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Our final day ended with a ‘sunset cruise’, intended, we were told, less to look for wildlife than to just enjoy the experience of being on the (Zambezi) river for a couple of hours. As I stood beforehand on the terrace of the Camp Nkwazi Lodge

Reed cormorant
Far off on the opposite, Zimbabwean, bank, kudu
Chacma baboons

As people started embarking, I held back to get this picture, and feared that I was therefore condemned to sitting in the full sun of the open top deck. But in fact, given the breeze created by the movement of the boat, it was lovely up there.

Village weaver and nests

It was very pleasant along the river, and, uniquely, sundowners were offered – I had gin and orange, the quinine in tonic not being good for my tinnitus. (Sorry, sufferers.)

We hugged the Zambian bank. I wondered if we would come back that way as well, given that halfway across the river we would be in Zimbabwe.

Looking fore as we set off
Looking aft
A lot of hadeda ibis and one egret

My geopolitical query was answered when we went well over the invisible dividing line halfway across the river when we turned round. So perhaps this trip should have been advertised as ‘Namibia/Botswana/Zambia/ Zimbabwe’. Though truth to tell, we had only ventured a few miles even into Botswana and Zambia.

Hadeda ibis. In addition to its iridescent green ‘flanks’ it has iridescent pink shoulders.
Juvenile fish eagle. It did not seem bothered by us (this a very much zoomed photo), but …
… in due course it flew off.
A young bushbuck
Hooded vulture
Village weaver nests

We drift back over to the Zambian side.


I tried, not very successfully, to capture photos of birds low-flying back to their roosts.

As we arrived at the lodge, the owners signalled that there was a Finfoot (‘Uncommon resident.. resemble ducks and cormorants but … unrelated to these groups’, and not yet seen by us) on a small island nearby, so we went in search. Some got a reasonable but fleeting view, I saw it for about half a second scrambling up a bank, and some didn’t see it at all. No question of my photographing it.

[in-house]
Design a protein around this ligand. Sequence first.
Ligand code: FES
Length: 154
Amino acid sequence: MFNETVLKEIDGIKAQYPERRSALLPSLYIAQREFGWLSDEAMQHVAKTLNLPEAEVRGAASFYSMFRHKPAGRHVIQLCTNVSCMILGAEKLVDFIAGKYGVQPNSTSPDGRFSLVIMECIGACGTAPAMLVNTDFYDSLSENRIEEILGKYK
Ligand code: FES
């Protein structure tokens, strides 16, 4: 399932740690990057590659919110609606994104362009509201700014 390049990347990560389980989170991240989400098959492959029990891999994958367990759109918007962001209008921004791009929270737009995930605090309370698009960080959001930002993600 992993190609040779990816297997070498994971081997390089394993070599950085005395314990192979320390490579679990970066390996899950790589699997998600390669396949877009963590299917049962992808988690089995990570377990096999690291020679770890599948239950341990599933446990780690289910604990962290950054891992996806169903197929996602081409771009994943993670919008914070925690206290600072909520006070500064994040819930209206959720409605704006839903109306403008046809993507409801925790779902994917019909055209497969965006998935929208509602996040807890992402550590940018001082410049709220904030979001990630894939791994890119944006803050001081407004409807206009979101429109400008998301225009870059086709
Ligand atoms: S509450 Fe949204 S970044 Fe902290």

But we did hear and see some trumpeting Trumpeter hornbills, and saw some more Hadeda ibis.

And could this be bettered as a final view at the end of a most fantastic and privileged trip?

PS. I went, last Saturday, to a Big Cat Festival in London organised by Bradt Travel Guides. There were lots of wonderful photographs, alongside some hard-hitting conservation messages. In Africa, except when we were at sewage works (!), where it was possible to see some wonderful birds, we had been in national parks, which exclude permanent human habitation. I would not like to have given the impression that these three countries are teeming with wildlife. Our visit was only possible because their governments see the value of preserving what remains of the living treasures they house. At the same time they are having to deal with expanding human populations, and drought.

At the Big Cat Festival, I saw this large picture, by Jonathan Truss. He kindly allowed people to take photos of it. (Sadly I only had my tiny phone with me.) If those lions we saw a few weeks ago had been even half the size of this imaginary one, I think that our confidence around them, even protected by our vehicles, would have been somewhat diminished!